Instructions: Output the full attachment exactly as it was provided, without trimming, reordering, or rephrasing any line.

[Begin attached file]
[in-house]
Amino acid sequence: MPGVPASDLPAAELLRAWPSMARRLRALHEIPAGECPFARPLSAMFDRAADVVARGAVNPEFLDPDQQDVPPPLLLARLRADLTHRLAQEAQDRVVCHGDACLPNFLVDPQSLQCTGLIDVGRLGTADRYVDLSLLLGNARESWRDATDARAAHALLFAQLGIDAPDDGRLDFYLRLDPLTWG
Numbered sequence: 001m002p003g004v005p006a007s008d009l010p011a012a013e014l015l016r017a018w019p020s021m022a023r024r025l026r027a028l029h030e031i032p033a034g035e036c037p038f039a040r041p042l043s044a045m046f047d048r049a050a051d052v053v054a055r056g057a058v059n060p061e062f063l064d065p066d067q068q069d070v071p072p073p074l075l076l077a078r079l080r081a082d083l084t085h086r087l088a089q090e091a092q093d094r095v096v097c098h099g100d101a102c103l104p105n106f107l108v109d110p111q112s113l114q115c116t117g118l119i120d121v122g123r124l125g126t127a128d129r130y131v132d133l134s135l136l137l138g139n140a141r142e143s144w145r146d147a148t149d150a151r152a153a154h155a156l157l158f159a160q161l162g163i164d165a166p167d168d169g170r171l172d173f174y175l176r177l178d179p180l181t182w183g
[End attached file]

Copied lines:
[in-house]
Amino acid sequence: MPGVPASDLPAAELLRAWPSMARRLRALHEIPAGECPFARPLSAMFDRAADVVARGAVNPEFLDPDQQDVPPPLLLARLRADLTHRLAQEAQDRVVCHGDACLPNFLVDPQSLQCTGLIDVGRLGTADRYVDLSLLLGNARESWRDATDARAAHALLFAQLGIDAPDDGRLDFYLRLDPLTWG
Numbered sequence: 001m002p003g004v005p006a007s008d009l010p011a012a013e014l015l016r017a018w019p020s021m022a023r024r025l026r027a028l029h030e031i032p033a034g035e036c037p038f039a040r041p042l043s044a045m046f047d048r049a050a051d052v053v054a055r056g057a058v059n060p061e062f063l064d065p066d067q068q069d070v071p072p073p074l075l076l077a078r079l080r081a082d083l084t085h086r087l088a089q090e091a092q093d094r095v096v097c098h099g100d101a102c103l104p105n106f107l108v109d110p111q112s113l114q115c116t117g118l119i120d121v122g123r124l125g126t127a128d129r130y131v132d133l134s135l136l137l138g139n140a141r142e143s144w145r146d147a148t149d150a151r152a153a154h155a156l157l158f159a160q161l162g163i164d165a166p167d168d169g170r171l172d173f174y175l176r177l178d179p180l181t182w183g